Dating, however, was touch and go. Classy lady that I am, I waited until the second or third date to discuss my faith. The right guys got it and saw the appeal; a good guy at least thought it was kind of interesting.
Once, eating takeout and watching TV with a lovely, kinda boring guy, I got annoyed by one of Bill Maher’s atheist tirades. It made all spiritual people sound like idiots and assholes.
“Oh, shit,” my date said. He removed his arm from around me. “You were being serious about church?”
Many more guys balked and told me, in so many words, that religion was pretty much a deal breaker for them.
And I couldn’t blame them. A few years ago I would’ve waited until the dude went to the bathroom to text my friend, I’m at drinks with a crazy Christian! And she’d write back, Redundant!
Then I met a man who beat me to the punch. On our second date, Bobby held my hands, the tops of our wrists resting against sweating margarita glasses, and said, “So, obviously I’m Jewish.”
He’d referenced his rabbi who was into hip-hop, his nerdy yarmulke collection he’d just uncovered from when he was 13, and how his bubbe accidentally saw “Magical Michael” with her friends from temple. Sprinkled throughout our dates, none of these anecdotes necessitated a bathroom text to a girlfriend. It’s just not as risky as saying My pastor and I love getting fro-yo, or My Bible collection is getting so big.
That's because urban liberals — for all their tut-tutting over anti-intellectualism and intolerance — are actually pretty ignorant about Christianity, especially compared to Judaism. It has very little to do with God. Being culturally Christian implies social conservatism and discrimination, anti-gay, pro-life, and pro-gun political agendas. It connotes a lack of education to the point of delusion. Being culturally Jewish connotes none of those things, and, if anything, their opposites. The Jewish people I know aren’t expected to answer for their culture’s more extreme sects the way I am. (I can only imagine how bad it is for Muslims.)
So it was little wonder Bobby came out about his own faith to me early on. But when he told me he didn’t want to get too attached to someone who didn’t consider Judaism, at the very least, a value-add in their lives, I felt completely understood. I told him immediately I was Christian.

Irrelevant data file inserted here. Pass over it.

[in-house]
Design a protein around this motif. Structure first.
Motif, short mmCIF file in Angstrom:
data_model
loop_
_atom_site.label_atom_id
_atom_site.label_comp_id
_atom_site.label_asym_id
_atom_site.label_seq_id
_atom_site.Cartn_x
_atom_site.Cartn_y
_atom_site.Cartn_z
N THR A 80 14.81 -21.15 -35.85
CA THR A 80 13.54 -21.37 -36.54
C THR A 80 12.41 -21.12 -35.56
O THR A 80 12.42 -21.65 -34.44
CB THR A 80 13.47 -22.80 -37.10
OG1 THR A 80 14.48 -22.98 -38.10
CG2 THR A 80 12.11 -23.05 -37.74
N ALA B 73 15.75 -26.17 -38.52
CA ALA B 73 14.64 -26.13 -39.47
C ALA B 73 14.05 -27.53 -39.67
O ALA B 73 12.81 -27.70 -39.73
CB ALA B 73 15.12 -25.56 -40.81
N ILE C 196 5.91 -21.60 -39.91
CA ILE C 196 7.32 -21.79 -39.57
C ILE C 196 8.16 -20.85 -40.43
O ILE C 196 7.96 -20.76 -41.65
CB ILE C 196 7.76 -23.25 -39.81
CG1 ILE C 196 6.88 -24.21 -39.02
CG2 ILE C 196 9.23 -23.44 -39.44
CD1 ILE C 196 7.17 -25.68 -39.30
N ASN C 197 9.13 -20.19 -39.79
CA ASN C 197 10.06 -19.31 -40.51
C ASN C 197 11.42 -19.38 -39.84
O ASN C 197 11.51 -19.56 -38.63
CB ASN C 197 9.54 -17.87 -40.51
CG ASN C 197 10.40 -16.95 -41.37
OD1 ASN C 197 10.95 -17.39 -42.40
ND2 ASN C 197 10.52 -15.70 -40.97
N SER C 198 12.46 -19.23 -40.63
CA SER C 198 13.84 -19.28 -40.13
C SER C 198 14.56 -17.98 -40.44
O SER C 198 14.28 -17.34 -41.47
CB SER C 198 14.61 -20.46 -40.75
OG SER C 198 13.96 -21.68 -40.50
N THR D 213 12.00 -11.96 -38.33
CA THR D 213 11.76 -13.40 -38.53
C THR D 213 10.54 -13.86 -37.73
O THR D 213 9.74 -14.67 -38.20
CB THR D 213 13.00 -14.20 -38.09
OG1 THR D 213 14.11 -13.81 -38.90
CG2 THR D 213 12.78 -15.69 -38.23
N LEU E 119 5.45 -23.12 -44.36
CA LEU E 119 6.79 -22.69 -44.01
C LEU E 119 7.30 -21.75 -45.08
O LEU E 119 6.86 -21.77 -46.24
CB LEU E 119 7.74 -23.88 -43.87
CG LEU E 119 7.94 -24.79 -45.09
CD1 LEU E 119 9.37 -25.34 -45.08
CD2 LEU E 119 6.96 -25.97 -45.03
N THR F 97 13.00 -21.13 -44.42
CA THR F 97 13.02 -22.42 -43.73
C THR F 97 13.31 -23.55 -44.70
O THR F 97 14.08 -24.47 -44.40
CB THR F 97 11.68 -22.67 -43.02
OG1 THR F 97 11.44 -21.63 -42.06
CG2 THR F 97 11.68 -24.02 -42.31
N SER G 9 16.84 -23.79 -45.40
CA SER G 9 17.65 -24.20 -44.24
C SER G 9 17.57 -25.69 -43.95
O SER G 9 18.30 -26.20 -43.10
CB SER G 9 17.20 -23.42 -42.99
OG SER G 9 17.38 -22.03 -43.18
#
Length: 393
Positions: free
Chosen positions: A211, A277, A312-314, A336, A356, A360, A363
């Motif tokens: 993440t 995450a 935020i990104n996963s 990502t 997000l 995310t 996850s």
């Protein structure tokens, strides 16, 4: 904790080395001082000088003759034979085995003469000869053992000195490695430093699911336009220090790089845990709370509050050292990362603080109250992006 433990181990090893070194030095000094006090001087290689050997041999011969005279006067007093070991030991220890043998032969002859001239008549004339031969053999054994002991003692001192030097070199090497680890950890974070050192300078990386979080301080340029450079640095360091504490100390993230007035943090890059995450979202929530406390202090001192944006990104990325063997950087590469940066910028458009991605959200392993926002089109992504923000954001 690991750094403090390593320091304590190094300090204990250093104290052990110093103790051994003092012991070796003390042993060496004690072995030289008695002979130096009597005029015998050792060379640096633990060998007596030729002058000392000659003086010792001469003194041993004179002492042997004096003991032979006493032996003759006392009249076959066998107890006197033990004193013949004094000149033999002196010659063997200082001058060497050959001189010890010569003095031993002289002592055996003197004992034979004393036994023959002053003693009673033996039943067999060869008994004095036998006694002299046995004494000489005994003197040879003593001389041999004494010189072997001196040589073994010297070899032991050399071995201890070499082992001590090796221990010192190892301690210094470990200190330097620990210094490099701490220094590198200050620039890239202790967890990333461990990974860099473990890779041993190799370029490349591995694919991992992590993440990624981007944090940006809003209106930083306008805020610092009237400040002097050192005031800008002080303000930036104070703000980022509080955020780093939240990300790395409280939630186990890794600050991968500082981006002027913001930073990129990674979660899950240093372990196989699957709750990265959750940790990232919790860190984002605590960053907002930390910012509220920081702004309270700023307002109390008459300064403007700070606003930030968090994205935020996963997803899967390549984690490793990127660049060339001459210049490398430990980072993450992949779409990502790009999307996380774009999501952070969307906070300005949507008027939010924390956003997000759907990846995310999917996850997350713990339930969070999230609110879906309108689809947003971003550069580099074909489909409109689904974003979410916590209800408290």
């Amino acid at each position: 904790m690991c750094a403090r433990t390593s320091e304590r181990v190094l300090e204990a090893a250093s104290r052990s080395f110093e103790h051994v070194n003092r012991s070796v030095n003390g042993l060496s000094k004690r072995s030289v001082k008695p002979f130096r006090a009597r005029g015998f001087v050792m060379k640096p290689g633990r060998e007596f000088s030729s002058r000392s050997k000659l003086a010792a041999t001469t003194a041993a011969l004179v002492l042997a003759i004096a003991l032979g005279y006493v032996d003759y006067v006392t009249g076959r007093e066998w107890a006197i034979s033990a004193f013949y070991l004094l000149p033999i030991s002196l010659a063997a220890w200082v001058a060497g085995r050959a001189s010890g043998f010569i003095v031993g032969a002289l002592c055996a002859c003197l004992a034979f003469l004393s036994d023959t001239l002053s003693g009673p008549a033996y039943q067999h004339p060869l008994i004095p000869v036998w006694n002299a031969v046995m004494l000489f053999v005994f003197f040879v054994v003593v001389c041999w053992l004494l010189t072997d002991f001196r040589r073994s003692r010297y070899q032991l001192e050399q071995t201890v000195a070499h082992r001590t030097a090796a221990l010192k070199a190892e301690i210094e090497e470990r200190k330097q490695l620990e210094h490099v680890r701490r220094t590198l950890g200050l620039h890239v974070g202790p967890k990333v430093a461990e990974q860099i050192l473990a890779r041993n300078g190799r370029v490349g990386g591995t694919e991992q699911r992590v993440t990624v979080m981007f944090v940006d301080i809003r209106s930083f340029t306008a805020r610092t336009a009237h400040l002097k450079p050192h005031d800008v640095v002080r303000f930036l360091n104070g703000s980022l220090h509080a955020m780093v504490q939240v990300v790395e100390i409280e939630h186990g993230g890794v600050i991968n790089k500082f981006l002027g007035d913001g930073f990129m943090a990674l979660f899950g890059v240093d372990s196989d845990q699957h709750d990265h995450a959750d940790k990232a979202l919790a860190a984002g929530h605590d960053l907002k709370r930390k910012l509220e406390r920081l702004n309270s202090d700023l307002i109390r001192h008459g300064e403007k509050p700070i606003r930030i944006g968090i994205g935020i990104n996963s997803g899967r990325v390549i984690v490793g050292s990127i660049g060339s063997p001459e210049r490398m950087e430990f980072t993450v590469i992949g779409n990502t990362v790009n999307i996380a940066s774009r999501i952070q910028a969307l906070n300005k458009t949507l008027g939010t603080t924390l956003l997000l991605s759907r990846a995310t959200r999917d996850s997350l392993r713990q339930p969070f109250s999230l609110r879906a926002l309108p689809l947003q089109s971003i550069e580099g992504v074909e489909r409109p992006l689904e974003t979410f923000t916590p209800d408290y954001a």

“Oh, wow. Cool. I just assumed you were, you know, neutral.”
We’ve been dating now for a year. We live together. We have a dog. He came with me to Bel Air Presbyterian on Easter, his first time ever inside a church. During the service he stared straight ahead in silence and then afterward ate two frosted doughnuts end to end as if keeping his mouth stuffed to avoid talking.
In the car, I asked if he was OK.
“Wow,” he said for the third time since we left. “It really is that much Jesus.”
Well, yes and no. For me it’s a meditation on the bigger picture within a welcoming community upholding lovely traditions. Just like Judaism is for him.
Nothing compares, in my opinion, to the sunbeams of positivity and outreached arms of Christianity — the knowledge that, no matter what you do or who you are, God has your back. Judaism feels more exclusive, and more focused on accounting for your own life rather than handing it off to someone else. But in the ways I cherish and rely on most, they are divinely similar. The rituals, traditions, and the emphasis on family, love, reflection, and support give Judaism all the comforts of faith without the negative social and political connotations.
Bobby and I talk a lot about conversion now. His rabbi and I have discussed whether it’s harder to give up lifelong family religious traditions or to give up something you’ve discovered and nurtured entirely for yourself. The more I learn about Judaism, the more it feels like another home I’m building around myself.
I do think it’s easier to go from faith to faith than start shul shopping with someone who thinks All Religion Is Bullshit — and it’s definitely easier to explain conversion to my godless friends. I already drink the Kool Aid, I tell them. It tastes a lot like Manischewitz.
Katherine Myers is a writer based in LA. She's been a contributor to “Narratively,” “Elle,” and “CollegeHumor." In NYC she created comedy content mobile apps and worked as a creative executive for film and TV.